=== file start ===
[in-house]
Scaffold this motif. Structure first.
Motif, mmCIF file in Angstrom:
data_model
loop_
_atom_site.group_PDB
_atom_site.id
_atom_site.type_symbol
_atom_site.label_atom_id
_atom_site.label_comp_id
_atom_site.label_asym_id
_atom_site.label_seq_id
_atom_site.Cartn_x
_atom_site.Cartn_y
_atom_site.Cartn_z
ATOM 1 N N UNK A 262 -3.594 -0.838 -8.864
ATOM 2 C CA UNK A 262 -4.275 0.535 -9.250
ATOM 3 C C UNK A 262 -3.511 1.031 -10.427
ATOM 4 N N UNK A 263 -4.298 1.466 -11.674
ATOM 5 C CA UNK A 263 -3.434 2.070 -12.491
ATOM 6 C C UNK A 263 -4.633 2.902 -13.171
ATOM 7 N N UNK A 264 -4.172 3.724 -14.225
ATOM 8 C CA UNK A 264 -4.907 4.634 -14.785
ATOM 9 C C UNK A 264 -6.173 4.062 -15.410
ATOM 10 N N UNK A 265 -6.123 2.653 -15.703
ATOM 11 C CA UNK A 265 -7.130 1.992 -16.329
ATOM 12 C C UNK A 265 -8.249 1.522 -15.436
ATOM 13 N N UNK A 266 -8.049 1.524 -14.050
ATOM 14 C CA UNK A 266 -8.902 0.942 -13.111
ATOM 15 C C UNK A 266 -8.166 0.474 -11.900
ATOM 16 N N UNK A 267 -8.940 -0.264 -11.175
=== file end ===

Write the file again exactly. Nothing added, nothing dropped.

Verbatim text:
[in-house]
Scaffold this motif. Structure first.
Motif, mmCIF file in Angstrom:
data_model
loop_
_atom_site.group_PDB
_atom_site.id
_atom_site.type_symbol
_atom_site.label_atom_id
_atom_site.label_comp_id
_atom_site.label_asym_id
_atom_site.label_seq_id
_atom_site.Cartn_x
_atom_site.Cartn_y
_atom_site.Cartn_z
ATOM 1 N N UNK A 262 -3.594 -0.838 -8.864
ATOM 2 C CA UNK A 262 -4.275 0.535 -9.250
ATOM 3 C C UNK A 262 -3.511 1.031 -10.427
ATOM 4 N N UNK A 263 -4.298 1.466 -11.674
ATOM 5 C CA UNK A 263 -3.434 2.070 -12.491
ATOM 6 C C UNK A 263 -4.633 2.902 -13.171
ATOM 7 N N UNK A 264 -4.172 3.724 -14.225
ATOM 8 C CA UNK A 264 -4.907 4.634 -14.785
ATOM 9 C C UNK A 264 -6.173 4.062 -15.410
ATOM 10 N N UNK A 265 -6.123 2.653 -15.703
ATOM 11 C CA UNK A 265 -7.130 1.992 -16.329
ATOM 12 C C UNK A 265 -8.249 1.522 -15.436
ATOM 13 N N UNK A 266 -8.049 1.524 -14.050
ATOM 14 C CA UNK A 266 -8.902 0.942 -13.111
ATOM 15 C C UNK A 266 -8.166 0.474 -11.900
ATOM 16 N N UNK A 267 -8.940 -0.264 -11.175